Are you feeling insecure about the SECURE Act?

Well, knowledge is power. Here’s what you need to know.

The SECURE Act is the retirement bill signed into law in December that changes a number of rules related to tax-advantaged retirement accounts. In case you’re wondering what SECURE stands for, the full name of the act is: Setting Every Community Up for Retirement Enhancement Act of 2019. Quite a mouthful.

As with all new bills, there are positive and negative impacts on taxpayers. The good news is it will increase access to tax-advantaged retirement accounts by making it easier for small business owners to set up 401(k) plans, and it will expand eligibility to some part-time workers.

The not-so-good news is if you are the non-spouse beneficiary of an IRA, you will no longer be able to stretch disbursements out over your lifetime. The new rules require that you fully cash out the inherited IRA within 10 years of the death of the original account holder. This applies only to those accounts where the original account holder dies in 2020 or later.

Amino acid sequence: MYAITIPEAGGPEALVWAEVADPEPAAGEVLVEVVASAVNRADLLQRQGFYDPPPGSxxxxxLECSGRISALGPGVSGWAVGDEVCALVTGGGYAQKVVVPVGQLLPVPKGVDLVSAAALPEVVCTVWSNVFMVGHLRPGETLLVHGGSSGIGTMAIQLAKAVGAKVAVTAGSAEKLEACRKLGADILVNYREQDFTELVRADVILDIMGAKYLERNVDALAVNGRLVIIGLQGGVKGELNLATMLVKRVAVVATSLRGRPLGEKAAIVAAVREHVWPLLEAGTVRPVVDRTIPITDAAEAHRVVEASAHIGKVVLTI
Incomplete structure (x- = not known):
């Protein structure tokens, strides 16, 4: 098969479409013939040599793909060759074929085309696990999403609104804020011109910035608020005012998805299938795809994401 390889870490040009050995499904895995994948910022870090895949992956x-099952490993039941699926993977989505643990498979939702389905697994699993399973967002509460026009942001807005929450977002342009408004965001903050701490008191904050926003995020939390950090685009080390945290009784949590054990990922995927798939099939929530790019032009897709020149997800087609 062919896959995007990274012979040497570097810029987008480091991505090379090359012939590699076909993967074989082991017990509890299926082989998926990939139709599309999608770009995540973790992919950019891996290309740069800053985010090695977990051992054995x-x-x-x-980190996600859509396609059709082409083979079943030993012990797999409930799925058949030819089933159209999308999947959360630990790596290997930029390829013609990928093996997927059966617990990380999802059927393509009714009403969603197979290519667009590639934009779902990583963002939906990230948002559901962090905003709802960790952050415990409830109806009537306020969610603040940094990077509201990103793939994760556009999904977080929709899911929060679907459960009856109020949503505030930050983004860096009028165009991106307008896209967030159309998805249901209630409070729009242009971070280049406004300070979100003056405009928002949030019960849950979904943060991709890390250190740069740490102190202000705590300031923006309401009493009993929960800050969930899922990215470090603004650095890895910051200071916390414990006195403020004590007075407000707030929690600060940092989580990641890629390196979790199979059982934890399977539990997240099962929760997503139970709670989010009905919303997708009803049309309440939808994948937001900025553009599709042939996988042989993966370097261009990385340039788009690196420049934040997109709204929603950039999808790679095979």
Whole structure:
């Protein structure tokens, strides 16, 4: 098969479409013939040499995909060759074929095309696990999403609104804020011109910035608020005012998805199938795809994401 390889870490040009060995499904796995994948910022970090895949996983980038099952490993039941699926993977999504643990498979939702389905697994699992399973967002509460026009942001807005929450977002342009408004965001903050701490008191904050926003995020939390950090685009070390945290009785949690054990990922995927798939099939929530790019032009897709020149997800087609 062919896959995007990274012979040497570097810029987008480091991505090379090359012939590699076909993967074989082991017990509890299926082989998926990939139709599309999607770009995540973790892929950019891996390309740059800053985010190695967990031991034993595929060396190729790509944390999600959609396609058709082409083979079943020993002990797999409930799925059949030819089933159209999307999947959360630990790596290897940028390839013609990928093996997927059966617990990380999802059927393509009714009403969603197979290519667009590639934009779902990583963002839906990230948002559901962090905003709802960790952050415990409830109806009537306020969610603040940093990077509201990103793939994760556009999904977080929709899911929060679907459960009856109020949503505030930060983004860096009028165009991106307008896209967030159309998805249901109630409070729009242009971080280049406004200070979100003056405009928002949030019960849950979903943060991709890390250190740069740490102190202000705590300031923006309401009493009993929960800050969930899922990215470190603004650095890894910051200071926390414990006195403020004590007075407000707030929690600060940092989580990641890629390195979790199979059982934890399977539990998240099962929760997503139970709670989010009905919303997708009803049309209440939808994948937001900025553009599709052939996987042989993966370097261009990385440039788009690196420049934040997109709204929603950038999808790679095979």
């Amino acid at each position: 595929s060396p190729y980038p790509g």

Here are some other provisions that may impact you.

  • Repeals the “kiddie tax” and reverts the tax on children’s unearned income back to their parents’ tax rate for tax years beginning in 2020. You can use the new rates for your 2019 taxes, and you have the option of amending your 2018 tax return as well.
  • Allows you to use a 529 account for qualified student loan repayments up to certain limits.
  • Enables retirement plan participation of part-time employees who work either 1,000 hours in the year or have three consecutive years with 500 hours of service.
  • Changes the age when you need to start taking RMDs (required minimum distributions) from your retirement accounts from 70½ to 72.